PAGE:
See the original post on UCLA Newsroom
Robin Migdol | February 2, 2022
Knowing that higher education can play a powerful role advancing disability justice, inclusivity and equity, UCLA’s School of Nursing and disability studies program are welcoming internationally renowned disability rights activist Judy Heumann to campus for a week of conversations, talks and workshops.
Heumann will be here Feb. 7-10. The culminating event will be the Regents’ Lecture on Feb. 10 at 4 p.m. PST. The lecture will be held online and is free and open to the public. The Regents of the University of California established the Regents’ Professors and Lecturers Program to permit the appointment, on a visiting basis, of distinguished leaders from fields outside the traditional boundaries of the academic world to enrich the university’s instructional program and increase students’ exposure to a diverse range of successful professionals, artists and others.
Lauren Clark, Shapiro Family Professor in Developmental Disabilities Studies in the nursing school, said Heumann’s visit and lecture will challenge the UCLA community to consider new ways to incorporate disabled identities and experiences into conversations and actions surrounding diversity, equity and inclusion, both inside and outside health care.
“It’s an opportunity for mindful reflection for us to think about what role do nurses want to play in the future in a population where a significant number of people have a variety of disabilities,” Clark said. “Nursing needs to be challenged to grow from a medical model and a rehabilitation focus to integrate the arts, humanities and social sciences to think about disability. And we have to have more diverse nurses in every sense of the word including nurses with disabilities.”
Heumann is an internationally recognized leader in the disability rights community. She has been instrumental in the development and implementation of legislation such as Section 504, the Individuals with Education Act, the Americans with Disabilities Act, the Rehabilitation Act, and the United Nations Convention on the Rights of Persons with Disabilities, and served in the Clinton and Obama administrations.
Her lecture, titled “Disrupting Ableism in Higher Education and Beyond,” will be a conversation on disability justice and intersectionality with Heumann, Andy Imparato, executive director of Disability Rights California, and Vivian Haun, a senior attorney in the intellectual/developmental disabilities practice group at Disability Rights California.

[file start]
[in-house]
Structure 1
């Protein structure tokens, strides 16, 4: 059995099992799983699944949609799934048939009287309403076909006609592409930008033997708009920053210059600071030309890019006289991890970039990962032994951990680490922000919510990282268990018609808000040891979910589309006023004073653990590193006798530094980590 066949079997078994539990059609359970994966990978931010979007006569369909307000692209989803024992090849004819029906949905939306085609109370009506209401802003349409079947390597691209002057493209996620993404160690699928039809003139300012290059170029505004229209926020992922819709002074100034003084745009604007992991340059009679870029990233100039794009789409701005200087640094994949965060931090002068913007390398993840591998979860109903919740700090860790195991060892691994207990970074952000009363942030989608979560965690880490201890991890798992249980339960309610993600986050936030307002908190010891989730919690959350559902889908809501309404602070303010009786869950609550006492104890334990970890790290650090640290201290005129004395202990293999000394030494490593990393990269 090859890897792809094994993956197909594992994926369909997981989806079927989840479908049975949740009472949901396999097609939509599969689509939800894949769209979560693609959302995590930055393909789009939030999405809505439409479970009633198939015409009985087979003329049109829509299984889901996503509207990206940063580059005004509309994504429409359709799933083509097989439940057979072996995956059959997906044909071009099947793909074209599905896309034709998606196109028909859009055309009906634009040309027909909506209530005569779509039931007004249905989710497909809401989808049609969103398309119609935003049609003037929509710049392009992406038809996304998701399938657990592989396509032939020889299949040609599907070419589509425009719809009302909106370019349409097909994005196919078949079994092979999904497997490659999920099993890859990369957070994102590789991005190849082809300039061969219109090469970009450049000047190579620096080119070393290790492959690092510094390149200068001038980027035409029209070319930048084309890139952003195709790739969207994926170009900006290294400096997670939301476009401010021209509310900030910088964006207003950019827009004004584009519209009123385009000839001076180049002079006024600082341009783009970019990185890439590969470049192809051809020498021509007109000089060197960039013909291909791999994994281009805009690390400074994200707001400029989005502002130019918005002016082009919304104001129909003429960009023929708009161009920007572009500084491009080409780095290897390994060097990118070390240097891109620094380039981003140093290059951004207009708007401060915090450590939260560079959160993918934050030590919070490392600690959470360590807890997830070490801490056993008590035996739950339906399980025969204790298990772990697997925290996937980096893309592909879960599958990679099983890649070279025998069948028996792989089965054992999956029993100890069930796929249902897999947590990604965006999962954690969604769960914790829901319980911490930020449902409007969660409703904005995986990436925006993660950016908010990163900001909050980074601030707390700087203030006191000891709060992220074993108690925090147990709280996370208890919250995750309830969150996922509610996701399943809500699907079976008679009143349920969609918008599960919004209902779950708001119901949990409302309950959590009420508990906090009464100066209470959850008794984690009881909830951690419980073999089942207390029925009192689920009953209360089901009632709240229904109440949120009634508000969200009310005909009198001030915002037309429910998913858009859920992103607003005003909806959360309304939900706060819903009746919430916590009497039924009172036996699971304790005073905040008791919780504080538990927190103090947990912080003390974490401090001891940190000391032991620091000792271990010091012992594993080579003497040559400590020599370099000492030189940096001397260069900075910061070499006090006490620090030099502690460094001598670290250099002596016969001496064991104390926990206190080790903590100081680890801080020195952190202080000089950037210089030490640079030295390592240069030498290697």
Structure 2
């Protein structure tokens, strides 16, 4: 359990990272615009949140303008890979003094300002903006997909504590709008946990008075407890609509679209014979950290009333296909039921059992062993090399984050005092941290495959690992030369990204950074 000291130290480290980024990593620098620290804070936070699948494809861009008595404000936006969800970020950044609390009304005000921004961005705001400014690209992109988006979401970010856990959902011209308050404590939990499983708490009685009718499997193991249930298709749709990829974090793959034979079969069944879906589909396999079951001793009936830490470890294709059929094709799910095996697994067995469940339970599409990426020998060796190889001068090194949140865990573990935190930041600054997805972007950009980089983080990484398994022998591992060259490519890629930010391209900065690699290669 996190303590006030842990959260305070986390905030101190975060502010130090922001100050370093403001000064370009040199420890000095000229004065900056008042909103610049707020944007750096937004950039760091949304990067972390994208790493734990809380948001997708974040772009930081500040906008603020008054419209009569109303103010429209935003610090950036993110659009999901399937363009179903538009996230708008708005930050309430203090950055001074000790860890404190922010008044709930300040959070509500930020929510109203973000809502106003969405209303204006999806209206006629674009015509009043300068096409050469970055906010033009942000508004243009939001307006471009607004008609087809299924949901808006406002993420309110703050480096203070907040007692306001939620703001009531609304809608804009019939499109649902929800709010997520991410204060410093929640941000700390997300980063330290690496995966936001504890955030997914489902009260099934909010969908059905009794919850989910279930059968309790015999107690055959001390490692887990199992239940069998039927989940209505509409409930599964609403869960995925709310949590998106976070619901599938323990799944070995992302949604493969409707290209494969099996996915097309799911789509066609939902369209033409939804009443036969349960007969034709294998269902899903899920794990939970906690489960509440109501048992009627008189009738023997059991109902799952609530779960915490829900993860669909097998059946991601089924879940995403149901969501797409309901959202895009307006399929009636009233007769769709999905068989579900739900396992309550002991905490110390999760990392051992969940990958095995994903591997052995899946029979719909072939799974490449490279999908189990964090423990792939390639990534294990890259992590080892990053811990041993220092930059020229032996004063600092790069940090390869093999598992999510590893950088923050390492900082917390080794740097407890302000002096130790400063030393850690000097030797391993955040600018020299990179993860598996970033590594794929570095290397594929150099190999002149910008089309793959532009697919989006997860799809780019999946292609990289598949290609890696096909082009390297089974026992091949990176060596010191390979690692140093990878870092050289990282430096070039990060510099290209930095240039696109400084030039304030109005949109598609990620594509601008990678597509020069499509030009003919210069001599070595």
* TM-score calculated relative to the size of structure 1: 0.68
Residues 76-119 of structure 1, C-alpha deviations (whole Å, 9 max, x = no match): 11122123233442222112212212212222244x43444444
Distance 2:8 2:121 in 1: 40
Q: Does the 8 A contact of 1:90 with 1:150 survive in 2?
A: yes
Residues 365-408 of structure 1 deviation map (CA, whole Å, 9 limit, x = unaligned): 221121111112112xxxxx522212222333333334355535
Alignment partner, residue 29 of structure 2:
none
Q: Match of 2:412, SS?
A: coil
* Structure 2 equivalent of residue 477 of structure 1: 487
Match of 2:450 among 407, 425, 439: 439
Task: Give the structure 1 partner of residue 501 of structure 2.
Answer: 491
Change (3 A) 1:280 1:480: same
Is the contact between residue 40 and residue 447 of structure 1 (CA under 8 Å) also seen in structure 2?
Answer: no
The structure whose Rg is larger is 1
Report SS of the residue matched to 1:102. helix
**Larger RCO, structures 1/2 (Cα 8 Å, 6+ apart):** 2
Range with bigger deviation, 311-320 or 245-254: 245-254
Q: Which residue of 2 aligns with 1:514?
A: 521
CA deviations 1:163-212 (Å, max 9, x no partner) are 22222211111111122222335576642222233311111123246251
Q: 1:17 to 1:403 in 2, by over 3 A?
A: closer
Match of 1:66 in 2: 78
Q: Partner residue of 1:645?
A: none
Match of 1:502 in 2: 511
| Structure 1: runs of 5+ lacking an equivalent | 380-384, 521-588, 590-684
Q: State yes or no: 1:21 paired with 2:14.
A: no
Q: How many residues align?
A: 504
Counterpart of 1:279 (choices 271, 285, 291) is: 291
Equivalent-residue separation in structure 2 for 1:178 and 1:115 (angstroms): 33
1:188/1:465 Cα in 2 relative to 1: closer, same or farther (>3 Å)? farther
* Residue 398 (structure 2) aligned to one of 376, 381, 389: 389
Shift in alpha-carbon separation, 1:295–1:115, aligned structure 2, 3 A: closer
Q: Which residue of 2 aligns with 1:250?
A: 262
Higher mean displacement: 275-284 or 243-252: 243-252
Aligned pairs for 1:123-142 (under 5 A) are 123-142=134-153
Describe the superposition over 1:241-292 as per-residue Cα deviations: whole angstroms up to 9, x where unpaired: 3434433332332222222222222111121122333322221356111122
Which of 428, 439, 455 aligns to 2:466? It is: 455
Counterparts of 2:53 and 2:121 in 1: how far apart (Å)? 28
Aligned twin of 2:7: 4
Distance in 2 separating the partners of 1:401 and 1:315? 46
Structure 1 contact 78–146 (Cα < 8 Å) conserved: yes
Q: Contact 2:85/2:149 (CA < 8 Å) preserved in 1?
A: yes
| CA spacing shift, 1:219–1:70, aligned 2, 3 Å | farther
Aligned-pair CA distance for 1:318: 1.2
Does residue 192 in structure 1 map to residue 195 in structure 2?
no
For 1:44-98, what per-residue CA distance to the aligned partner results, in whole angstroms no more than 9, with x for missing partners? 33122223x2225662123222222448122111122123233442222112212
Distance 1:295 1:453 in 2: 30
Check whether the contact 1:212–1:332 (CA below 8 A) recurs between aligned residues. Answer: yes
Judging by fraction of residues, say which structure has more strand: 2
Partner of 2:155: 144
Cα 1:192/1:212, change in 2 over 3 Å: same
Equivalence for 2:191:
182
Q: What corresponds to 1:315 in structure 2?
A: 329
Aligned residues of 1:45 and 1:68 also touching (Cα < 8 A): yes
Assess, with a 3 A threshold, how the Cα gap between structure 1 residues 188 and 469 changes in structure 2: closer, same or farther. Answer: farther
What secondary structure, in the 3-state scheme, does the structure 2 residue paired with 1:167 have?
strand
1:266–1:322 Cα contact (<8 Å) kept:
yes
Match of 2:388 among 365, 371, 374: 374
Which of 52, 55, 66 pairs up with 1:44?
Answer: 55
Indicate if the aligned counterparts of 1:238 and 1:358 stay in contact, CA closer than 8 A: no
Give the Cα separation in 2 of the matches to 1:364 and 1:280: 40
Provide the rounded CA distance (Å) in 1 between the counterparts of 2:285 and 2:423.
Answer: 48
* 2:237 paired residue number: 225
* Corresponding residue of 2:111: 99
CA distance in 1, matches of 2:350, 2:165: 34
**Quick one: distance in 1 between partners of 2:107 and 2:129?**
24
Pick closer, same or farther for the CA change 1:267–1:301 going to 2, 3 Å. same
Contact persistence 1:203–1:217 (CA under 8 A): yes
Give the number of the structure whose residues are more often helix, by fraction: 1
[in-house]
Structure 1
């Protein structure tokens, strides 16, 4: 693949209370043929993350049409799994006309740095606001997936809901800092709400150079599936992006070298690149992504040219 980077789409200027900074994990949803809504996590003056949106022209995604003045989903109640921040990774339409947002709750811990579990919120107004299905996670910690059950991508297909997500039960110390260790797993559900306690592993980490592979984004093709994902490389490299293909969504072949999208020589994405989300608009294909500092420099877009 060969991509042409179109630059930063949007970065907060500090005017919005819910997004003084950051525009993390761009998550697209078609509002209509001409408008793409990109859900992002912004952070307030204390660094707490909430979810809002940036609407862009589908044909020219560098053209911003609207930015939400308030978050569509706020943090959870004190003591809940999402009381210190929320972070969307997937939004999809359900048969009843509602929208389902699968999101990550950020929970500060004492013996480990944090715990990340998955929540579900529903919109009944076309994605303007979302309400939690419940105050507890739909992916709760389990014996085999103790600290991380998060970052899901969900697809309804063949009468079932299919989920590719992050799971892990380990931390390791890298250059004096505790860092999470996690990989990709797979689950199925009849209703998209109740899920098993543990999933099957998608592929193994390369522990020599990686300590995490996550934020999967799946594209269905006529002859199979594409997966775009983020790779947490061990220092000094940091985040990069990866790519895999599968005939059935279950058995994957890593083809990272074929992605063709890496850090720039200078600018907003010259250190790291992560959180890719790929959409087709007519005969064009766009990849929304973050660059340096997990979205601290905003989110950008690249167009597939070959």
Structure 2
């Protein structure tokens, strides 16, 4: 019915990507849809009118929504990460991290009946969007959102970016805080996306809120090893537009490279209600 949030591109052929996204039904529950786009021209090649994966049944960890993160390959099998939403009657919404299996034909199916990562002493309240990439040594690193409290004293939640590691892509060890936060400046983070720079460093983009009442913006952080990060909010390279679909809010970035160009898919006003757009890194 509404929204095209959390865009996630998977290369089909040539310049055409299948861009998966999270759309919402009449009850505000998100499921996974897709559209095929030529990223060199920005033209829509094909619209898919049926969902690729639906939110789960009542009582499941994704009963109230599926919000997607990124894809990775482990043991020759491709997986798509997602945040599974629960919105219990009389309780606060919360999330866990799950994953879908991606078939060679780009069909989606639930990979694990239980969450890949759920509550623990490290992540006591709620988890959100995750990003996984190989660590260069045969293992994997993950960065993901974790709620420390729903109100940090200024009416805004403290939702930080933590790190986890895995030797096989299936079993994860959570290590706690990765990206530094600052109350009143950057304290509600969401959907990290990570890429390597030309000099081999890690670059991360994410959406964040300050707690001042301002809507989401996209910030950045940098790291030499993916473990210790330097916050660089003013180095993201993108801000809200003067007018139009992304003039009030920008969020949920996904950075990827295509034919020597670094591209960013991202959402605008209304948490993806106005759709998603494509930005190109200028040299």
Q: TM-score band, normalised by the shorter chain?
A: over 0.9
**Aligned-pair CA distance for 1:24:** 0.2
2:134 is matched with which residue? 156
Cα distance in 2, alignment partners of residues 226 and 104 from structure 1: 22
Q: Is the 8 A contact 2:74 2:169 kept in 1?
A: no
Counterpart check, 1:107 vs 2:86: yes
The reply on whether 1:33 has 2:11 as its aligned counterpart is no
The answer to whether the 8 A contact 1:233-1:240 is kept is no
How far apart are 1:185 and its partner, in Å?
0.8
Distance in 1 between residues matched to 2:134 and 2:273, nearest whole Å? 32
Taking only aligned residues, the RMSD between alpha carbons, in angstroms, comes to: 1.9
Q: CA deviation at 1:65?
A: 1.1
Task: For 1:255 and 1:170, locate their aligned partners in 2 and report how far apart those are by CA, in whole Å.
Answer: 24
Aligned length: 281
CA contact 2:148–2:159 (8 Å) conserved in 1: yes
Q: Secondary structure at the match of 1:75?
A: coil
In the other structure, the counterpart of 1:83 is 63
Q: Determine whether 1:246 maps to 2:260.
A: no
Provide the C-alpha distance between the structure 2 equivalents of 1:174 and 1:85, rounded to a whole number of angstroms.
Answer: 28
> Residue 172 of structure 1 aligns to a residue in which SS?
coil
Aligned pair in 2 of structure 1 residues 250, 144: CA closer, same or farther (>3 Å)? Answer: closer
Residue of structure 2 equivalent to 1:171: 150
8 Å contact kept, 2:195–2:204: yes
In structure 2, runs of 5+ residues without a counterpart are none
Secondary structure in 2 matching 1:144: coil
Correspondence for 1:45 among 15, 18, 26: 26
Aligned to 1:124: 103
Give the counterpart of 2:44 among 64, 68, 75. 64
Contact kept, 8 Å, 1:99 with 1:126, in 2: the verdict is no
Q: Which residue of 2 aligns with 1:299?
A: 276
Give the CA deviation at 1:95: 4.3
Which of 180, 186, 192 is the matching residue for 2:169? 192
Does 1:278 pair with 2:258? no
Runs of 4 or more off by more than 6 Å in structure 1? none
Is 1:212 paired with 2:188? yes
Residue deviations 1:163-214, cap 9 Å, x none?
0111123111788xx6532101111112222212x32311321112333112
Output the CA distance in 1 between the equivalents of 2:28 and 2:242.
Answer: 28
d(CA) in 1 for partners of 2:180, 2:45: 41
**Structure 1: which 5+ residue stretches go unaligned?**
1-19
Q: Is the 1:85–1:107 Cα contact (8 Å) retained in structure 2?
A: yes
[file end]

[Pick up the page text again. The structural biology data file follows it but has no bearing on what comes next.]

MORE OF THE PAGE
“As the disability movement is growing around the world, it’s expanding into so many different fields. And academia clearly is very important,” Heumann said. “One of the big problems has been that there has not been enough effective learning about disability not just for disabled students, but across university campuses.”
Imparato has collaborated with Heumann on policy advocacy and movement building for almost 30 years.
“I am excited for the opportunity to join Professor Clark and Judy Heumann and my colleague Vivian Haun to reflect on the important role institutions of higher education like UCLA can play in framing disability issues, helping to build inclusive campus cultures, and supporting more disability-friendly workforces and communities across California and beyond,” Imparato said.
During her visit to UCLA, Heumann will meet with several faculty and student groups, including medicine, nursing, and dentistry students, the UCLA Disabled Student Union, and students in UCLA Extension’s Pathway program. She will also give a guest lecture in the new undergraduate course “Care Work: Disability Justice and Healthcare,” which is co-listed in nursing and disability studies, and take part in an interdisciplinary discussion on disability policy.
Heumann said Clark and the nursing school’s efforts to remove barriers and biases within the school’s admission process to encourage more diverse applicants, and UCLA’s disability studies minor, are examples of the kind of progress that universities should be making.
In the lecture, Heumann said she hopes to elevate and advance the discussion of how institutions like UCLA can lead the way in providing not only equal opportunities to disabled students, but also incorporating disability “as a theme that needs to be included across everything always.”
Heumann was featured in the 2020 documentary film “Crip Camp: A Disability Revolution” and serves on several non-profit boards including the American Association of People with Disabilities, the Disability Rights Education and Defense Fund, Humanity and Inclusion, as well as the Human Rights Watch board. She was a founding member of the Berkeley Center for Independent Living and co-founder of the World Institute on Disability.
Her memoir, “Being Heumann: An Unrepentant Memoir of a Disability Rights Activist” co-authored by Kristen Joiner, was published in 2020. She produces a podcast called “The Heumann Perspective,” which features members from the disability community.